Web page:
Don't Ask, Drill!

Updated: Jun 16, 2018

Okay, true story...I was once intimidated by the drill set my mother gifted me one birthday. It sat in the closet for a year before the time came to hang up a shelf, and I decided to face the fear head on. Did you know that a drill is basically the Kitchenaid of the powertool world? Depending on the attachment you use, you can tackle any DIY project Pinterest throws your way. Trust me when I say, it beats using that tiny L-shaped (also known as an Allen Key) Ikea “tool” you have floating around.

To master the drill (get your mind out of the gutter), you’ve got to get comfortable with each part of the tool (seriously, stop being gross). This cordless drill has a lithium battery at the base, which slides off when it needs a recharge. The trigger is like the gas pedal in a car, it controls the speed. The rotation direction does exactly that, it changes the direction of the bit; just think righty tighty, lefty loosey.

The collar with the numbers around the neck of

the drill allows you to change the torque; the higher the torque setting, the more power to drive the bit. The torque setting depends on the type of material you’re drilling into, or the length of the screw you’re using. Short screws and softer wood require a low torque setting, while long screws and harder wood require a high torque setting.

Now that you understand how the motor of the drill works (by adjusting the speed, direction and power), it’s time to actually put in a bit into the chuck, the clamp that holds the removable bit in place. The bit can be anything from a drill (to make a hole), a screwdriver tip (to set screw), or even a paint mixer (to do your taxes...jk, to mix paint). Turn the chuck counterclockwise to widen the opening so you can place the bit inside, then turn turn clockwise to tighten the clamp to hold your bit in place. This is important, it’s the seat belt that secures your drill bit.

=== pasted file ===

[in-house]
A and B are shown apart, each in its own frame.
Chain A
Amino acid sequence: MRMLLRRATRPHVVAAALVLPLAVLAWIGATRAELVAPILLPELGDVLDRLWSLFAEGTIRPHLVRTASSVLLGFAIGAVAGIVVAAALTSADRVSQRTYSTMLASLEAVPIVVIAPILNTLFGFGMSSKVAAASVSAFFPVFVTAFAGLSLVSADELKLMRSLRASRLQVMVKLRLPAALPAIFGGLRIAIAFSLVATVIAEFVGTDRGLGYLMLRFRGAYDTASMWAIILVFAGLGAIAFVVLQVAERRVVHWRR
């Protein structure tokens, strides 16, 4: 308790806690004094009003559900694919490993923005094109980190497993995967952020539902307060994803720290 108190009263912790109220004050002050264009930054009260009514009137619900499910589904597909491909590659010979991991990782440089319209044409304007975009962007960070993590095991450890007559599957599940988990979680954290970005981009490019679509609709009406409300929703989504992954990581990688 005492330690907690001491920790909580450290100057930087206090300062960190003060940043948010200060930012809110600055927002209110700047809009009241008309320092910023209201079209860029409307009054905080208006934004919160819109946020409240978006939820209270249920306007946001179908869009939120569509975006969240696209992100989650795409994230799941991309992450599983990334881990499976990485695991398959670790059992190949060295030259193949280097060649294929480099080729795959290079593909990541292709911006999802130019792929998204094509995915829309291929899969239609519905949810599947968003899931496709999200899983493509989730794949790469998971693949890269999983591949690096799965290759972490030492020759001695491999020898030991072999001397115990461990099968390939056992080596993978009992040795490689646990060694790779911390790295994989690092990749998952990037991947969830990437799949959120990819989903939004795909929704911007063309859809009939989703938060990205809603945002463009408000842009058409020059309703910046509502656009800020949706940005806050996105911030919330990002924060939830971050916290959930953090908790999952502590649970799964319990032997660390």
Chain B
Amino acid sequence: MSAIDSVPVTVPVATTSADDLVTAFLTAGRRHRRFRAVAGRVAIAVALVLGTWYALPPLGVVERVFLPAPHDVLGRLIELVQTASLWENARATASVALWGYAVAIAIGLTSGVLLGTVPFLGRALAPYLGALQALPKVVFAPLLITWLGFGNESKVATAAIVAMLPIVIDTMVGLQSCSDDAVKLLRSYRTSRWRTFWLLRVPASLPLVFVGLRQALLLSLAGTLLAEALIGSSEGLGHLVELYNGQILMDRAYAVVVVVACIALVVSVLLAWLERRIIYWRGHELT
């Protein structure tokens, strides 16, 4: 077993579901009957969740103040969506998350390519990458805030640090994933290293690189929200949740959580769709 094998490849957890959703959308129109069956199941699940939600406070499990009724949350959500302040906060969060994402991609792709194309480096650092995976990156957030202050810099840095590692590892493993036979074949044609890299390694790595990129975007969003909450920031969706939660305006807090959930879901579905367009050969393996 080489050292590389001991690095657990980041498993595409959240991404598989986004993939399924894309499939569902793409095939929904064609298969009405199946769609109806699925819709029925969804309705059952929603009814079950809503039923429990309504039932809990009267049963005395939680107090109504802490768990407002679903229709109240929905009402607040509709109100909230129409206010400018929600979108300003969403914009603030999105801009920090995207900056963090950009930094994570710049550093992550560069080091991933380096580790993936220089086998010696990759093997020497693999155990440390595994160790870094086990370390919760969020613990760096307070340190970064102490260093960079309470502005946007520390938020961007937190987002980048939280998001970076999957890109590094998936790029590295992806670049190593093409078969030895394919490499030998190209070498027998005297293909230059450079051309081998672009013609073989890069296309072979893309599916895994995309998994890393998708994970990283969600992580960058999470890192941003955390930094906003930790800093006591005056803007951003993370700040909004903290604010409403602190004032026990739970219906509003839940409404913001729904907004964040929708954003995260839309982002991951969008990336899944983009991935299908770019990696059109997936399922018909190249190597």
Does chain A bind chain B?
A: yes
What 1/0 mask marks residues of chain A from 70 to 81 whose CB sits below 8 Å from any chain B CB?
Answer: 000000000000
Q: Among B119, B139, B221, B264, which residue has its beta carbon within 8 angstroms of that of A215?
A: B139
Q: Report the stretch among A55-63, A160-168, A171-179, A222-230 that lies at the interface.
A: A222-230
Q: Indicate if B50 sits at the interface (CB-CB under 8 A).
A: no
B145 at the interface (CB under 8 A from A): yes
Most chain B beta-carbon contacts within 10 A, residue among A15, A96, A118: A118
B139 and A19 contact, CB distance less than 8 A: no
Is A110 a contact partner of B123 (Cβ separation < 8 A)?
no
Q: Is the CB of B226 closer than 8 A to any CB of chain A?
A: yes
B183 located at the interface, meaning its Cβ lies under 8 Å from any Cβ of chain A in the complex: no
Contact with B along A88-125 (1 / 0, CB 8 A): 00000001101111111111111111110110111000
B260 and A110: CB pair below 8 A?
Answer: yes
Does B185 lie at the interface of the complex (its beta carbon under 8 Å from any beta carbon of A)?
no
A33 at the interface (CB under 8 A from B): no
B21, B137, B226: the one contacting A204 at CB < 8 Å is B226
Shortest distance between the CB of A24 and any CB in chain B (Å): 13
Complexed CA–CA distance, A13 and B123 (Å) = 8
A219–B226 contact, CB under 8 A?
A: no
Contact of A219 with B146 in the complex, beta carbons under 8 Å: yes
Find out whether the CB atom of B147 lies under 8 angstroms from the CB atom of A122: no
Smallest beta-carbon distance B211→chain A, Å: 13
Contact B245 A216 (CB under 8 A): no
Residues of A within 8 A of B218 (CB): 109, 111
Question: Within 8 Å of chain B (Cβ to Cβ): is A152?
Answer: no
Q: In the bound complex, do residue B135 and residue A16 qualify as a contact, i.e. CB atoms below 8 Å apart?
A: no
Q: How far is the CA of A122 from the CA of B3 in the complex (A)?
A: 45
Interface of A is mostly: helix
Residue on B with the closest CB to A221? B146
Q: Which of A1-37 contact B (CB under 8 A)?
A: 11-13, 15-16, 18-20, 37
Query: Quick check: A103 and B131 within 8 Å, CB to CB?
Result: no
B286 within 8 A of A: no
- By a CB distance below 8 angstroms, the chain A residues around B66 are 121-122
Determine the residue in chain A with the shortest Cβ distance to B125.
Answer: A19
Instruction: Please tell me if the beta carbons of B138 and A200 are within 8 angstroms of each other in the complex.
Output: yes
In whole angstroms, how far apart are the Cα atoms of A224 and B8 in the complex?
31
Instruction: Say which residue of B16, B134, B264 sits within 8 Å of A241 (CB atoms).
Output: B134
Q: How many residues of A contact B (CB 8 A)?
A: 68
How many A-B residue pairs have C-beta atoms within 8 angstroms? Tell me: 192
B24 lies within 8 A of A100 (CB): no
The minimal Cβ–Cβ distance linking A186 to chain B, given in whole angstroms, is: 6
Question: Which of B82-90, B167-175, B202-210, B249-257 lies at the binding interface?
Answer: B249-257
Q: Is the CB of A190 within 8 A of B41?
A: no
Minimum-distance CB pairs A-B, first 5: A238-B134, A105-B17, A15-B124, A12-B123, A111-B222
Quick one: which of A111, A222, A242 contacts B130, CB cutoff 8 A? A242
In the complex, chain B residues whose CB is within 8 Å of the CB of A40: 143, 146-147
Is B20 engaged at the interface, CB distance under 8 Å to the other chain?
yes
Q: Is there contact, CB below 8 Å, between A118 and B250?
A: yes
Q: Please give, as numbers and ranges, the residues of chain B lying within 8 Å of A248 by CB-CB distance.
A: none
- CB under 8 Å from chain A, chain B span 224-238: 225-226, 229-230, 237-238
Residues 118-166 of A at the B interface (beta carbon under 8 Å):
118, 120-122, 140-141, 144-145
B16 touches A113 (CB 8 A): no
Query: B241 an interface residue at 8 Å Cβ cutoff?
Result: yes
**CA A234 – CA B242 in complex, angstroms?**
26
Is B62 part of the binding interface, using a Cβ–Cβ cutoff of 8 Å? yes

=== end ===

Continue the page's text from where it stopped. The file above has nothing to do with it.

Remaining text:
Taming of the Screw:


Drill, hammer, drill bits, screwdriver bit, screws and corresponding plastic anchors.

So you’re ready to get all Bob Villa up in this old house? Let’s screw this! Before we put anything into the wall, we need to make a hole. Measure exactly where you need to place the screw and mark it with a pencil. Using a drill bit the same size in diameter as the screw, drill a hole into the wall, keeping your drill level with the ground. Reverse the drill out of the wall by changing the rotation direction.

(Note: This is specifically for drywall, when screwing into a stud, you will not need to use an anchor. Stay tuned for a follow up post on when and how to screw into a stud.)

Take the hammer and gently tap the plastic anchor into the hole until it’s flush with the wall. What’s the point of the anchor? It does exactly what the name suggests; it anchors your screw into the wall. If you skip this step, the threads of the screw cannot fully bite into the wall, making the holding strength pretty weak. When choosing your screws and anchors, make sure you check the weight they can support. If you’re trying to hang a shelf, for example, think about the weight you’ll be putting on it and choose your screw/anchor combo accordingly.

Now you’re ready to drive the screw into the anchor. Loosen the chuck and replace the drill bit with the screwdriver bit. Place the screw into the anchor and slowly drill it into the wall.

Don’t have a drill? You can still hang up things!


A screwdriver, EZ-Lock Drywall Anchors with matching screws (make sure you choose the weight needed)

Mark a spot on the wall, and take your EZ-Lock Drywall Anchor and screw it in until it’s flush with the wall. Take the matching screw and drive it into the anchor. It will require no battery power, but a little bit of elbow grease.

Stand back, admire your work, and take pride in knowing you’ll never have to call the handyman again.

School Supplies:

Dewalt 20v Cordless Drill

Dewalt Drilling and Driving Bit Set

EZ Ancors - Drywall and Stud Anchors


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